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How do I find historical primary sources?

What are primary sources?

Primary sources provide firsthand, direct evidence about events, artifacts, works of art, documents, activities, and people. 

In the humanities and social sciences, primary sources include

  • works of art (literature, painting, sculpture, etc.)
  • historical artifacts
  • letters
  • memoirs
  • diaries
  • eyewitness accounts
  • media items (news items, videos, etc.) created at the time of an event
  • interviews
  • speeches

In the natural sciences primary sources include

  • empirical studies
  • field work
  • direct observations 

Find historical primary sources in the library

Before you search for primary sources, think about what kinds may have been produced in the time period you are studying that would be relevant to your topic, and what people or organizations might have produced these sources. 

Examples of primary sources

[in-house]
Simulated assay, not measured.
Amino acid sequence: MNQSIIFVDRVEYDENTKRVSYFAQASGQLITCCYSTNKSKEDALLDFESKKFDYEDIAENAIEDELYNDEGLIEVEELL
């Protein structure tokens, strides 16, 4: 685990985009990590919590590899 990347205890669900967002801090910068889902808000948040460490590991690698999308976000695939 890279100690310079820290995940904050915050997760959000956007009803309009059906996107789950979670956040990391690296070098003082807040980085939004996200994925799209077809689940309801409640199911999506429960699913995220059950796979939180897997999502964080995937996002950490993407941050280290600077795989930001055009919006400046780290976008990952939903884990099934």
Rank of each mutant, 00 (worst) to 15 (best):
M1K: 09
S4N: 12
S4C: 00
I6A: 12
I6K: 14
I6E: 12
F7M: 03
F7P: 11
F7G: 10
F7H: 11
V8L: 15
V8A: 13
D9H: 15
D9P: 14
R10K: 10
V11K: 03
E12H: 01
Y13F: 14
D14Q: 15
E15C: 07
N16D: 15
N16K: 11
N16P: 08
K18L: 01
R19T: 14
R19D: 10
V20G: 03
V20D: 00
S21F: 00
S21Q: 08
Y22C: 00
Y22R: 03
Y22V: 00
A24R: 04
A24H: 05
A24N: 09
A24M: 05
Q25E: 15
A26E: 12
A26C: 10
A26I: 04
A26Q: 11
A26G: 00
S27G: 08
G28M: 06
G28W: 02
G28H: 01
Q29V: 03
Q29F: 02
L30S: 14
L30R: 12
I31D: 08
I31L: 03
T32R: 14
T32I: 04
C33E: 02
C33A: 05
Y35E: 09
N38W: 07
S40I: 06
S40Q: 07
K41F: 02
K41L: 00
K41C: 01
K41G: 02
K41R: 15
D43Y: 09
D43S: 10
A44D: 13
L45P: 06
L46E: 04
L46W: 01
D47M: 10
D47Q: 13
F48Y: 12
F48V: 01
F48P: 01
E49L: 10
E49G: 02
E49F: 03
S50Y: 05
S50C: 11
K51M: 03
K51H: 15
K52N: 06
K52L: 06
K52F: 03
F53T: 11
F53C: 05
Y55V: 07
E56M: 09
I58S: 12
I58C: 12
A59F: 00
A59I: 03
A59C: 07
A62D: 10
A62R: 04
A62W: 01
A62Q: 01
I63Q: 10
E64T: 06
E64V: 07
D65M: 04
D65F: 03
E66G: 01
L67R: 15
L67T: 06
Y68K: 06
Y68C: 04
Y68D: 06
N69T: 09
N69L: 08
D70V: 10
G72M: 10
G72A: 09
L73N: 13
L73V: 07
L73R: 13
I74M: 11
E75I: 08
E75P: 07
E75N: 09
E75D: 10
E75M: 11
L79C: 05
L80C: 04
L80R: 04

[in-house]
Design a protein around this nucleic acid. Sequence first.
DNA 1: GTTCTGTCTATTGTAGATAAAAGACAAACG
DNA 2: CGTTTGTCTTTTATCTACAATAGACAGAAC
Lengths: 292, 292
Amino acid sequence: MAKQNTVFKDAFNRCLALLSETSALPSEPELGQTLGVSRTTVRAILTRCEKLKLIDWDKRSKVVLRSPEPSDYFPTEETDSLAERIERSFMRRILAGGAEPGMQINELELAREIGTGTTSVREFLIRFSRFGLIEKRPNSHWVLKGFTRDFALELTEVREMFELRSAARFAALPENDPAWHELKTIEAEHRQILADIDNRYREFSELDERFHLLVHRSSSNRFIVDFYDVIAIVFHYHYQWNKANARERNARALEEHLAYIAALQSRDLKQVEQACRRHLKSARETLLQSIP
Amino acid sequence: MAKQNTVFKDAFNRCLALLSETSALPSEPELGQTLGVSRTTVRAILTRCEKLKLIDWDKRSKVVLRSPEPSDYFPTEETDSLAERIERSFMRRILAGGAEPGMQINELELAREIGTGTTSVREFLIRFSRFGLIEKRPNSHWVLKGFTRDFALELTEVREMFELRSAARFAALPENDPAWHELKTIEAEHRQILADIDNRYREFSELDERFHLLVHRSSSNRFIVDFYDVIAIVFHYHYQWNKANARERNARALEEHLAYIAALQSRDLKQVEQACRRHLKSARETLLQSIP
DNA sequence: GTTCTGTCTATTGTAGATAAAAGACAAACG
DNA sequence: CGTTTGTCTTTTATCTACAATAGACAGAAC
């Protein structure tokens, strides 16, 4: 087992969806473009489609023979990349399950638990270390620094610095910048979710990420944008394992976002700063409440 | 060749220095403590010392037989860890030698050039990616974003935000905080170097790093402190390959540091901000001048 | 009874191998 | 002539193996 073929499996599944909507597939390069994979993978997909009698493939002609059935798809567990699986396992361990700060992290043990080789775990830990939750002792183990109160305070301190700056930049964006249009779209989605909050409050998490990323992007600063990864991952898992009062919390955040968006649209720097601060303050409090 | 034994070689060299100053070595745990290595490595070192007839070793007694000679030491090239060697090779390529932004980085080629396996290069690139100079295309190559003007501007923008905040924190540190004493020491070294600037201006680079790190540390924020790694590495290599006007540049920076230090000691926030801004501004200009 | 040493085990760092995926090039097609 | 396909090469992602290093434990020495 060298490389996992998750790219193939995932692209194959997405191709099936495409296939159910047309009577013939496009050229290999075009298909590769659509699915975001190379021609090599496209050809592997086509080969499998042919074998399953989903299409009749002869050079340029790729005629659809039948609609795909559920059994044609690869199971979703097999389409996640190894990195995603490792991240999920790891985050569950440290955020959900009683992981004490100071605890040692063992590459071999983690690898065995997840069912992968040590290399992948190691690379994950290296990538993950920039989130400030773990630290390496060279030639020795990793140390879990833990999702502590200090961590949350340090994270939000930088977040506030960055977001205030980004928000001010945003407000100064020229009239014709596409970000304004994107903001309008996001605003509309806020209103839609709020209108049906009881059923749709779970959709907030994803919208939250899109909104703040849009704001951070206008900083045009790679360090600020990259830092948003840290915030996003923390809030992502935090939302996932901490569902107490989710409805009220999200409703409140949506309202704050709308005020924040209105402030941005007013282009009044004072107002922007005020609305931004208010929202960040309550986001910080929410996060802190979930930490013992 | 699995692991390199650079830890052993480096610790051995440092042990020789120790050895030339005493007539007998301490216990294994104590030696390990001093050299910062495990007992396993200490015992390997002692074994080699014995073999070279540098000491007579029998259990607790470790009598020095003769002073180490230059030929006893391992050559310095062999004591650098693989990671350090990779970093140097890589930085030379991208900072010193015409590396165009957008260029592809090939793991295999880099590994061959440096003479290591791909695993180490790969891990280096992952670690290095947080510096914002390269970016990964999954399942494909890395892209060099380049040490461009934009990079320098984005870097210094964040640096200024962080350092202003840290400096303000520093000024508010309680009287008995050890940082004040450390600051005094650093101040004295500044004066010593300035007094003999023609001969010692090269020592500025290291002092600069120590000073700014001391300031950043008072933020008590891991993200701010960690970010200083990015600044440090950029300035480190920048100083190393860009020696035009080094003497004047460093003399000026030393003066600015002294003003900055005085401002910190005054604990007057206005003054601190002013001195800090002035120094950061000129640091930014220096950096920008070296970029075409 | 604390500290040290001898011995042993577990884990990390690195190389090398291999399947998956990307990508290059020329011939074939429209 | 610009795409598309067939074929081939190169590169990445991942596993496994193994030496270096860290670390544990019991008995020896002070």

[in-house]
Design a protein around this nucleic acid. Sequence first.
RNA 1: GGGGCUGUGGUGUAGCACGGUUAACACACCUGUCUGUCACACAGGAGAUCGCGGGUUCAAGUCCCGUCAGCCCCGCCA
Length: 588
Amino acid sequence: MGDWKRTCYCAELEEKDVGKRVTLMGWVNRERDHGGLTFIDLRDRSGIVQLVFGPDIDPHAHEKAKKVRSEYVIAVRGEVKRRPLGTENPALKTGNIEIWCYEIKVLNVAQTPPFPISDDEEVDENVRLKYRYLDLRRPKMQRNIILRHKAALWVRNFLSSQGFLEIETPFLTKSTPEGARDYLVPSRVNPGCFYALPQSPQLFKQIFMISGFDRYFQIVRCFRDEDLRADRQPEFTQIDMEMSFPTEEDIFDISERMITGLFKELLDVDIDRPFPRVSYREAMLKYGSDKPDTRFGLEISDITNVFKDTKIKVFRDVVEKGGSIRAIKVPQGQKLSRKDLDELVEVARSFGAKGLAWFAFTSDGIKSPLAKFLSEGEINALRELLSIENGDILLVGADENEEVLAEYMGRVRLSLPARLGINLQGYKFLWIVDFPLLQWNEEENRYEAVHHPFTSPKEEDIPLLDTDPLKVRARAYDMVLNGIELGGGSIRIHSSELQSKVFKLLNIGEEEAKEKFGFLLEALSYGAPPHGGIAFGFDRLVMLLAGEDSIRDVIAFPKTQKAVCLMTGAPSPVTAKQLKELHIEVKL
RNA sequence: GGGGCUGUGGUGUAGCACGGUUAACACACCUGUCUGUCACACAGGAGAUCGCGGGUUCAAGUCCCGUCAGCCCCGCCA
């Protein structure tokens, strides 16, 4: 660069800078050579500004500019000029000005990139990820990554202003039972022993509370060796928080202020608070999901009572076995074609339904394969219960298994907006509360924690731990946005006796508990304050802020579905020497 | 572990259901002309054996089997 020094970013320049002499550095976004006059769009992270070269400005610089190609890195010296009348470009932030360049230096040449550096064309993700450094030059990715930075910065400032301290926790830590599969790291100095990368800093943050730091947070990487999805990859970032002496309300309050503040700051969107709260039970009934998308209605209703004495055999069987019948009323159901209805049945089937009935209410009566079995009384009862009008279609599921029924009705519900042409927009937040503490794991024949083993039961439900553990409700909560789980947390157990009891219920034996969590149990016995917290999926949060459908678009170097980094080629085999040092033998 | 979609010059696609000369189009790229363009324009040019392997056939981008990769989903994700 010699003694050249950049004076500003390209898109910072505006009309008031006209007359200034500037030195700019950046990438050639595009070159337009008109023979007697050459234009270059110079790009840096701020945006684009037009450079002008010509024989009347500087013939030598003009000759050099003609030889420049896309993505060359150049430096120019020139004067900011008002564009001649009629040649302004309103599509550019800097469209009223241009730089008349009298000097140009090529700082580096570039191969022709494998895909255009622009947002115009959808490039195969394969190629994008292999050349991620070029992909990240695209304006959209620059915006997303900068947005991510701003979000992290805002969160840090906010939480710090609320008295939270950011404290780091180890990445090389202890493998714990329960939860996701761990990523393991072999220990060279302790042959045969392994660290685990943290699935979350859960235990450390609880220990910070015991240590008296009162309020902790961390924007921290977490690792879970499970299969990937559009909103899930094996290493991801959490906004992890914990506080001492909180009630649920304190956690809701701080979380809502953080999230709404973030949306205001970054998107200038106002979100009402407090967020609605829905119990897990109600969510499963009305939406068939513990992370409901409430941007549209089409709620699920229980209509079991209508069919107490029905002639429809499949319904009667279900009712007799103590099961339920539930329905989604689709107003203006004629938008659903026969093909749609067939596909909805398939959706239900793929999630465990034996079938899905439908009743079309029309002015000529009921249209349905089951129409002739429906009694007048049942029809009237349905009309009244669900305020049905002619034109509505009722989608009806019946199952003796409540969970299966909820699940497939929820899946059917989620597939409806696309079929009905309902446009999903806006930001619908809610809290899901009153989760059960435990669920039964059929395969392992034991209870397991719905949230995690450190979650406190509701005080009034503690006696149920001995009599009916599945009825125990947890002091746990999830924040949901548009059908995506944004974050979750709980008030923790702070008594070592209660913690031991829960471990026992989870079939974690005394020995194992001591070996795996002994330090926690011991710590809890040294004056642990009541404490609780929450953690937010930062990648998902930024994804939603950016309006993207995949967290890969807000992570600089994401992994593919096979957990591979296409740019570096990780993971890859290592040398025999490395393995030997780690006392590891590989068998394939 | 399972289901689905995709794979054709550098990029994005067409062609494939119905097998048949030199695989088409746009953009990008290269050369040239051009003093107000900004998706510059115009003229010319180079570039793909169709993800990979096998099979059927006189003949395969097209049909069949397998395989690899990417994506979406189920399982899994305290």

• Diaries/journals
  • Magazine/newspaper articles
  • Cartoons
  • Advertisments
  • Interviews
  • Letters
  • Speeches
  • Public opinion polls
  • Documents produced by organizations or government agencies
  • Fiction
  • Memoirs/autobiographies
  • Audio/video recordings
  • Raw Statistics/Research data


The Jessup library does not have original primary sources, but we do have reproductions. Some examples: 

Memoirs and Letters of Dolly Madison, Wife of James Madison, President of the United States. (E342.1 .M18 1971) 

An Army Doctor on the Western Frontier: Journals and Letters of John Vance Lauderdale, 1864-1890 (

Declaration of Independence, Constitution of the United States of America, Bill of Rights and Constitutional Amendments. (KF4502 .D43 2010)

If you need help finding primary sources at the library, email us.

Find historical primary sources on the Web

There are many websites that contain digitized primary sources. Below is a selection.